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This major city rolled out an unusual secret weapon to combat stifling temperatures: '[The difference] felt like a wave'

"[Y]ou get that breeze of cold air."

Cool pavement, Secret weapon to combat stifling temperatures

Photo Credit: Streetsla Lacity

As heat waves gripped the United States this summer, Los Angeles took to the streets to help cool its residents.

The city painted roads with a gray coating called "cool pavement" and is planting more trees as part of its Cool LA project.

Conventional paving materials can reach 120-150 degrees in the summer. This heat is released back into the air, making cities like LA even hotter. 

Because of its lighter color, cool pavement reflects sunlight and absorbs less heat. The city estimated that applying it to streets can reduce surface temperatures by as much as 15 degrees.

The effects of cool pavement are more apparent later in the afternoon. Because streets with cool pavement do not absorb as much heat during the day, they end up releasing less of it in the afternoon and evening.

Over the past four years, LA has gradually coated hundreds of miles of streets with cool pavement. The city is prioritizing neighborhoods that have a lot of concrete and asphalt with little shade.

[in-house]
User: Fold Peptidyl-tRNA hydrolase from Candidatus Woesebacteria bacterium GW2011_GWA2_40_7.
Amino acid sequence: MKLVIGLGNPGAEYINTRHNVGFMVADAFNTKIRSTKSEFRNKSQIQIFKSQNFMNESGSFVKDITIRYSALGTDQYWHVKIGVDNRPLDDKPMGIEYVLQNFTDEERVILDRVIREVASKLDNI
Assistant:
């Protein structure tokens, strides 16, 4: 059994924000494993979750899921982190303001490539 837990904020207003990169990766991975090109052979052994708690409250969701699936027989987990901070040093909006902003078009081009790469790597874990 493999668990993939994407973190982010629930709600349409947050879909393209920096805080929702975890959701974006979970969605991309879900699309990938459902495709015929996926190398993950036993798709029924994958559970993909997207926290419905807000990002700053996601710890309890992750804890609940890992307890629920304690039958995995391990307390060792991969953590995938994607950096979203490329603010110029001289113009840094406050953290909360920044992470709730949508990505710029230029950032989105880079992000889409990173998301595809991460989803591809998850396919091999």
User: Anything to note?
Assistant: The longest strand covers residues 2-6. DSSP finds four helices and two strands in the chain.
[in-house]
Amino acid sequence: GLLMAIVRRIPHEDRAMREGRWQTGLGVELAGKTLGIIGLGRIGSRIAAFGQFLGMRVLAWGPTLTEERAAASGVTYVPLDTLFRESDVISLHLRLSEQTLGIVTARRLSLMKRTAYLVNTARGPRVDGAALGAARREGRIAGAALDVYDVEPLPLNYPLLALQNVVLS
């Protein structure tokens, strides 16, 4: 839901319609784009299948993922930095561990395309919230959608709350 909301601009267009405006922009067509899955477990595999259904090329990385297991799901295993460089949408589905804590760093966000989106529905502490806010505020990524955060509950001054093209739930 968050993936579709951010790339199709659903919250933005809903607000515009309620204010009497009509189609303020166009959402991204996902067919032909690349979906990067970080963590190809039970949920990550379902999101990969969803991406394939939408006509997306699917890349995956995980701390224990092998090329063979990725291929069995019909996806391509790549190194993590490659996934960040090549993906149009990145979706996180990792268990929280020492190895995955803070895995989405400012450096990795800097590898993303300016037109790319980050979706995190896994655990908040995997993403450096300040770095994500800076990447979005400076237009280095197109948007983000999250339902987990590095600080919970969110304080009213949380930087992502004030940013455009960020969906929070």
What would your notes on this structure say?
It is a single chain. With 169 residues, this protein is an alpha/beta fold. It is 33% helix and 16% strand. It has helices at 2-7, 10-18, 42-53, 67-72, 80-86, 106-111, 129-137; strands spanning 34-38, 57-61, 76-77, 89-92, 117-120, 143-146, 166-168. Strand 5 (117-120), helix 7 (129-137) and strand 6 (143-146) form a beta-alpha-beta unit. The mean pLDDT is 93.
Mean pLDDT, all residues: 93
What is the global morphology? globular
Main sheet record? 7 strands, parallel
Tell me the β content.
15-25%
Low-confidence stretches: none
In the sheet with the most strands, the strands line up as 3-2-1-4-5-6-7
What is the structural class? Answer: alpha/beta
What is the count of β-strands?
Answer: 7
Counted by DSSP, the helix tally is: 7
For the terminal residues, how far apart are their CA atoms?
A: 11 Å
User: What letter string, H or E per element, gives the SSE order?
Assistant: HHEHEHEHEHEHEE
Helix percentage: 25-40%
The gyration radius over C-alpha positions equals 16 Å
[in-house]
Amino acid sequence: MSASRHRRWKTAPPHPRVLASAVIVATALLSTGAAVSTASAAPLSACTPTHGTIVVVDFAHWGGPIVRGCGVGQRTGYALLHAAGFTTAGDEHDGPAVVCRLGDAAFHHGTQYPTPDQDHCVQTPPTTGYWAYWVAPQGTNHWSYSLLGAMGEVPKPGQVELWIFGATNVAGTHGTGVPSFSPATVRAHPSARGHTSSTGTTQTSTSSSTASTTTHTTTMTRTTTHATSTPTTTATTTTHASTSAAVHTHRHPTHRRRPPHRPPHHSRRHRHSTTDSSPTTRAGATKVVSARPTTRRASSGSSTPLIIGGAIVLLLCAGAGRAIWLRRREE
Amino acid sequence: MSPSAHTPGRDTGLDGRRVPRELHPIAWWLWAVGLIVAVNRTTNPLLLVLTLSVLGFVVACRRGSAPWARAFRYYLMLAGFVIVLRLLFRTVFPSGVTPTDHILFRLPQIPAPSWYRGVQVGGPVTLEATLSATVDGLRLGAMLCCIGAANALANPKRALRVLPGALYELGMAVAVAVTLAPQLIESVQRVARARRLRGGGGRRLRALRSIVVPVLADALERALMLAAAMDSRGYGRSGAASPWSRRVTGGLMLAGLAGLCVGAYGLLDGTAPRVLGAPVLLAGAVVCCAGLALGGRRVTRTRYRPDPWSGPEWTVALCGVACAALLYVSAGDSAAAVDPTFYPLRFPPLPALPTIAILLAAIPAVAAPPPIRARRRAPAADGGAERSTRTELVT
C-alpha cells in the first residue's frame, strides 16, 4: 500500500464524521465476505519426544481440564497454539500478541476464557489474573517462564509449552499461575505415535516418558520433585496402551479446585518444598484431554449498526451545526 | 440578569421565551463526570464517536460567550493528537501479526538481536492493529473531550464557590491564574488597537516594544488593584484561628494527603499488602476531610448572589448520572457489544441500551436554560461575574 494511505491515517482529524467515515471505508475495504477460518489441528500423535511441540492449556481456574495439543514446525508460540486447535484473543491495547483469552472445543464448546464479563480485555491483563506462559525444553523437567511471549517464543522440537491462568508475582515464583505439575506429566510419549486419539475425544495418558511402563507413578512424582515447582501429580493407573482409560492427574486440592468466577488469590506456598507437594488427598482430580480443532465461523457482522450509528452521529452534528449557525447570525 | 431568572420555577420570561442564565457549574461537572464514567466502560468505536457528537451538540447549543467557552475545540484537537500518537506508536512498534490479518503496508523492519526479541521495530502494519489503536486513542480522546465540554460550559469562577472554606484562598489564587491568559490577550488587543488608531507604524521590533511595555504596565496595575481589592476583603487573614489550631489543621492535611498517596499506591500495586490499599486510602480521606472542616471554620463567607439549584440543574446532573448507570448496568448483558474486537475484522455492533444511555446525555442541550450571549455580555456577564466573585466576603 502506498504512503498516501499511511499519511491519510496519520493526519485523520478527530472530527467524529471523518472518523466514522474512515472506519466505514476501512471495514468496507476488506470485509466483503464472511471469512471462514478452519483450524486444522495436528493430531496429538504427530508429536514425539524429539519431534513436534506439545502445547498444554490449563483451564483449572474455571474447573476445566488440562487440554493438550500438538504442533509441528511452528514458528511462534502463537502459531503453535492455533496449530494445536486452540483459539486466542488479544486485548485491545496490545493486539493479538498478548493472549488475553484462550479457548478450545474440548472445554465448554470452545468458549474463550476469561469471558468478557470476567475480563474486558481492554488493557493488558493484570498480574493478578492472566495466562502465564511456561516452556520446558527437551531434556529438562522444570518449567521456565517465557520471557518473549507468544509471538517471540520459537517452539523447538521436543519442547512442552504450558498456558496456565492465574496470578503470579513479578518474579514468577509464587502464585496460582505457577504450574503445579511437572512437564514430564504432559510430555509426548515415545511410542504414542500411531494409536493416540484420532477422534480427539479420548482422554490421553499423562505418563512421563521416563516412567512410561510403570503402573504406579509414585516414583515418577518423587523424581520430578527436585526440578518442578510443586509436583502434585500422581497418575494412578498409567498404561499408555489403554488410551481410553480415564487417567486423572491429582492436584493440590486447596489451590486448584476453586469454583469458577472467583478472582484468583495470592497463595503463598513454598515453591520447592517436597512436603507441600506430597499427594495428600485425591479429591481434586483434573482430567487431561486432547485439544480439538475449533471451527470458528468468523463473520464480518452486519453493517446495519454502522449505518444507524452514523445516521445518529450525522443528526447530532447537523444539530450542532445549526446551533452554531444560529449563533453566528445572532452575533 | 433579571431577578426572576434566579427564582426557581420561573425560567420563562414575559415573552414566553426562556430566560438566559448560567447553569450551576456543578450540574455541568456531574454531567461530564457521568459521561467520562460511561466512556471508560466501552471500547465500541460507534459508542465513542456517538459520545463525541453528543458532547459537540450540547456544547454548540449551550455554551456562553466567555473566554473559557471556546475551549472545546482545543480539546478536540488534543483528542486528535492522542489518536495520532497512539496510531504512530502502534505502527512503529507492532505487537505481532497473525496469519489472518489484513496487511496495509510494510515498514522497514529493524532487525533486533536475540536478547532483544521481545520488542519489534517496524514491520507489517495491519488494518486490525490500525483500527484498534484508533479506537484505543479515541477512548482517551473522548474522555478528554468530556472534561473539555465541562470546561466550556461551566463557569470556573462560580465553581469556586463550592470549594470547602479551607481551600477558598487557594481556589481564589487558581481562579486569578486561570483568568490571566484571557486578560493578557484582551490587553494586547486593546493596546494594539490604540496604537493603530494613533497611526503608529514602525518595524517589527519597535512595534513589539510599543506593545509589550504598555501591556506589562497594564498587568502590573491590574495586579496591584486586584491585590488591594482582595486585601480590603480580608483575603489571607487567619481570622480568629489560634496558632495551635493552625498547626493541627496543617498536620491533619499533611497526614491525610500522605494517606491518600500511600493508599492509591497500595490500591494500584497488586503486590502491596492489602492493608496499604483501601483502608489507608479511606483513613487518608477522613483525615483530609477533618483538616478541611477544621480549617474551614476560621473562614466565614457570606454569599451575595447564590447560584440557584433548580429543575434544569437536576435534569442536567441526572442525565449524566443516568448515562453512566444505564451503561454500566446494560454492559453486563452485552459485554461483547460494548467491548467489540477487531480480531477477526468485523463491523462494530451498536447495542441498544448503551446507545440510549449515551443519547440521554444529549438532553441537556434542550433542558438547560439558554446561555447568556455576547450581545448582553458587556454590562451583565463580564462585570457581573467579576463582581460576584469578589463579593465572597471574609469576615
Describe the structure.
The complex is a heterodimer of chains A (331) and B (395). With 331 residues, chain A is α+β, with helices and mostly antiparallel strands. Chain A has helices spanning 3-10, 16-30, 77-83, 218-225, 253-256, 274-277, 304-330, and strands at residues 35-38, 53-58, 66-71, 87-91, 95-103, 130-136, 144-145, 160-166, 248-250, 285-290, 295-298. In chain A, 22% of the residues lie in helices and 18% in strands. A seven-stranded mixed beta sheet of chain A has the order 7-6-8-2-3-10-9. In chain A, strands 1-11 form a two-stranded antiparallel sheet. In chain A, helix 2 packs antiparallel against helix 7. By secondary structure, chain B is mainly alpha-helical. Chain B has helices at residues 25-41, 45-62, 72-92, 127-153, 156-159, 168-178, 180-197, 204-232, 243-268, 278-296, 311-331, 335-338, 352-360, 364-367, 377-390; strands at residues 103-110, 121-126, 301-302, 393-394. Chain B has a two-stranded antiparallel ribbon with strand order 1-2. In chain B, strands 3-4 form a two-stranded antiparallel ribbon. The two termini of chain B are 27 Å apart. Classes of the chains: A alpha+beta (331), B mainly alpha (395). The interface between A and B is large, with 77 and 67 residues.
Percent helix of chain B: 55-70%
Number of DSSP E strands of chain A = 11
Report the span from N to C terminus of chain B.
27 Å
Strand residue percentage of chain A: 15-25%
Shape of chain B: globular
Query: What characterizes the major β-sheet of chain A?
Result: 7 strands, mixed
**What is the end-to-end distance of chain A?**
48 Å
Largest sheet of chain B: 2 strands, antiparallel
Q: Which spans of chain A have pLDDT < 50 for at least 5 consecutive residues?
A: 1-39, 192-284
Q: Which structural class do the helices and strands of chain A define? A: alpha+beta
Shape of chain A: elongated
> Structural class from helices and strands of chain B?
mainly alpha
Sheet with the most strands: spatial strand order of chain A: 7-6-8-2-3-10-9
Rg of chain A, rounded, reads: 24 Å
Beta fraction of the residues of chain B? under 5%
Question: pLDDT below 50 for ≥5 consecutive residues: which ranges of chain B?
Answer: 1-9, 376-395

As the city paints its streets lighter, it is also planting tree saplings — another strategy to reduce temperatures and make neighborhoods more livable. 

While trees are effective at cooling neighborhoods by offering shade, it takes years for saplings to grow. Plus, they require a lot of water — Los Angeles is susceptible to drought, so relying too heavily on trees for relief could be too resource-intensive. That means cool pavement may have to do some of the heavy lifting. The good news is that it seems to be working.

"So many constituents are happy when we've applied cool paving in their neighborhoods," Ana Tabuena Ruddy, the city's chief sustainability officer, told KCRW-FM. "We are funded for over $4 million. And so we will definitely deliver that in the coming fiscal year."

LA resident Ryan Solomon told KCRW he thought cool pavement was a silly idea at first. Then the city applied it to one half of a street before completing the other half, and he said the difference could be felt.

"I was walking and it felt like a wave almost … like if you're on the Metro or something, and you step outside and you get that breeze of cold air."

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